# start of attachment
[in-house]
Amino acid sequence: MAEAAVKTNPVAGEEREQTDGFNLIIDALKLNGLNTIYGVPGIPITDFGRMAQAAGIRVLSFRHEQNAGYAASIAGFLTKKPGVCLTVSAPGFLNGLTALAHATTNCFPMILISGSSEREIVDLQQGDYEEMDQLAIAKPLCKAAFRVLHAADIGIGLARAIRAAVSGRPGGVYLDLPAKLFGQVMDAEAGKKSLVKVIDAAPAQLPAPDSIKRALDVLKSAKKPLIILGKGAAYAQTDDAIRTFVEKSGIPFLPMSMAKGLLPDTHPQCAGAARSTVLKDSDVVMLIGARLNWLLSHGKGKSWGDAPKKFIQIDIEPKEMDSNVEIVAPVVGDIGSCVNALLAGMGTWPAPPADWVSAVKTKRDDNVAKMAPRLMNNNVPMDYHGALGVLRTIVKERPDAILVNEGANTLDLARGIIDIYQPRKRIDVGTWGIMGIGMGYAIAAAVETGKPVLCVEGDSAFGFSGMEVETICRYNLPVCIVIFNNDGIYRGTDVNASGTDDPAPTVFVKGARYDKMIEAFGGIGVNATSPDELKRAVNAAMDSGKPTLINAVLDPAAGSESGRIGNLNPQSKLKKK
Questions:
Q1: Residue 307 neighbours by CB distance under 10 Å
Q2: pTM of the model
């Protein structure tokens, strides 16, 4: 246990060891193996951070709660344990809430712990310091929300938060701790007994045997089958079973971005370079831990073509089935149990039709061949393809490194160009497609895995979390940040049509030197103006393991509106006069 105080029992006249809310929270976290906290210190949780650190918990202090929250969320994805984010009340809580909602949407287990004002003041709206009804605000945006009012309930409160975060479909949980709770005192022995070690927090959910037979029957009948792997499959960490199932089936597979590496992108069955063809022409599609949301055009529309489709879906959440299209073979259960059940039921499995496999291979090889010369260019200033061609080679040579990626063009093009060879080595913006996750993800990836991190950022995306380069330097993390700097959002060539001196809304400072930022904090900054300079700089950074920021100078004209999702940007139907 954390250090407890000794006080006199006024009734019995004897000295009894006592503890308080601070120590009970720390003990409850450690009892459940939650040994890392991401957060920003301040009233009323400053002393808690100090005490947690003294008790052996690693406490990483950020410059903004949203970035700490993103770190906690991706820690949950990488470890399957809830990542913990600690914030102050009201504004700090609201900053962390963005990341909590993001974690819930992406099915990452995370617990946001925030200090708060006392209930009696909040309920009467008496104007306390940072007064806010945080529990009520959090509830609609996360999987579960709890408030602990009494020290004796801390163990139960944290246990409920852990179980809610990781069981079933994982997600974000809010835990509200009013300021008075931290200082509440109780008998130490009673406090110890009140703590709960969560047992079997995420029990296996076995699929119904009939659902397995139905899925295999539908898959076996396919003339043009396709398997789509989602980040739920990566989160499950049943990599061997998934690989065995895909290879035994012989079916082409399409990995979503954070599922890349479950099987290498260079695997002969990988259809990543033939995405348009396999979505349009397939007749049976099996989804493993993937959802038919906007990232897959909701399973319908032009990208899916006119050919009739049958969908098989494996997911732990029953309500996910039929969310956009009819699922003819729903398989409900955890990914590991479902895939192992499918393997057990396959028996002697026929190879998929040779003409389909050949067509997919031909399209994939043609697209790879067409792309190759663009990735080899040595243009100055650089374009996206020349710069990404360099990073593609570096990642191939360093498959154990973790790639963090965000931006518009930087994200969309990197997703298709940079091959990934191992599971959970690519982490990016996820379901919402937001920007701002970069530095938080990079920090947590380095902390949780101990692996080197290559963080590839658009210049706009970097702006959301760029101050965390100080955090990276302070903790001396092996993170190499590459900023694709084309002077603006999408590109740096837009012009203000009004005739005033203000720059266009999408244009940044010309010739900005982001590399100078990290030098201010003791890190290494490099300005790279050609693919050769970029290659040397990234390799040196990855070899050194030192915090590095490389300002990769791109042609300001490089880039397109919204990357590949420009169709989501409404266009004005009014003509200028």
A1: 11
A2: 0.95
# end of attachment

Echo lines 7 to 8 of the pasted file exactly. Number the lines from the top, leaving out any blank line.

A1: 11
A2: 0.95